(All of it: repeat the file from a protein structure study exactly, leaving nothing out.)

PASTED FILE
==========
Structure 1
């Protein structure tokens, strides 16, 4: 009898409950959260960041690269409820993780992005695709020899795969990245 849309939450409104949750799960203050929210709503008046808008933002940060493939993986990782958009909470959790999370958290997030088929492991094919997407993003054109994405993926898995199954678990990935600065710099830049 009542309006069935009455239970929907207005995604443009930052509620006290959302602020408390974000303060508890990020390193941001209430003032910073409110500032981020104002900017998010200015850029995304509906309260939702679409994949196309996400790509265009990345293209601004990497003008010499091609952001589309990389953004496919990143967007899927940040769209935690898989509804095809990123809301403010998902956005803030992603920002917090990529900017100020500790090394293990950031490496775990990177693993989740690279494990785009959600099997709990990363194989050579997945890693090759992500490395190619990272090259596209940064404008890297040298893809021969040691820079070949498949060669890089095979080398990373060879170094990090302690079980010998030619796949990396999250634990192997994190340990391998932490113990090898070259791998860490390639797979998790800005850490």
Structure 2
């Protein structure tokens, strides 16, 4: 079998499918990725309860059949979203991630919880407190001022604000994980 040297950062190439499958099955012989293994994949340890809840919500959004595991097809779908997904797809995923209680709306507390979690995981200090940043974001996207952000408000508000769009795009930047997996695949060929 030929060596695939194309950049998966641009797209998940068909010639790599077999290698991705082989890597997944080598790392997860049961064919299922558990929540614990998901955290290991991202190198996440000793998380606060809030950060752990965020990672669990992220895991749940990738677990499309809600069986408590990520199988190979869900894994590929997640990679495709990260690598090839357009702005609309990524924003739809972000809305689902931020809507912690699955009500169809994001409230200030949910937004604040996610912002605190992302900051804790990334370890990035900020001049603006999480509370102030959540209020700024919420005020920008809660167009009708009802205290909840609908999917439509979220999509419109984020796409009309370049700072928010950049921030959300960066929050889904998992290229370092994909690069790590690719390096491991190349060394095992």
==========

Structure 1
């Protein structure tokens, strides 16, 4: 009898409950959260960041690269409820993780992005695709020899795969990245 849309939450409104949750799960203050929210709503008046808008933002940060493939993986990782958009909470959790999370958290997030088929492991094919997407993003054109994405993926898995199954678990990935600065710099830049 009542309006069935009455239970929907207005995604443009930052509620006290959302602020408390974000303060508890990020390193941001209430003032910073409110500032981020104002900017998010200015850029995304509906309260939702679409994949196309996400790509265009990345293209601004990497003008010499091609952001589309990389953004496919990143967007899927940040769209935690898989509804095809990123809301403010998902956005803030992603920002917090990529900017100020500790090394293990950031490496775990990177693993989740690279494990785009959600099997709990990363194989050579997945890693090759992500490395190619990272090259596209940064404008890297040298893809021969040691820079070949498949060669890089095979080398990373060879170094990090302690079980010998030619796949990396999250634990192997994190340990391998932490113990090898070259791998860490390639797979998790800005850490």
Structure 2
């Protein structure tokens, strides 16, 4: 079998499918990725309860059949979203991630919880407190001022604000994980 040297950062190439499958099955012989293994994949340890809840919500959004595991097809779908997904797809995923209680709306507390979690995981200090940043974001996207952000408000508000769009795009930047997996695949060929 030929060596695939194309950049998966641009797209998940068909010639790599077999290698991705082989890597997944080598790392997860049961064919299922558990929540614990998901955290290991991202190198996440000793998380606060809030950060752990965020990672669990992220895991749940990738677990499309809600069986408590990520199988190979869900894994590929997640990679495709990260690598090839357009702005609309990524924003739809972000809305689902931020809507912690699955009500169809994001409230200030949910937004604040996610912002605190992302900051804790990334370890990035900020001049603006999480509370102030959540209020700024919420005020920008809660167009009708009802205290909840609908999917439509979220999509419109984020796409009309370049700072928010950049921030959300960066929050889904998992290229370092994909690069790590690719390096491991190349060394095992």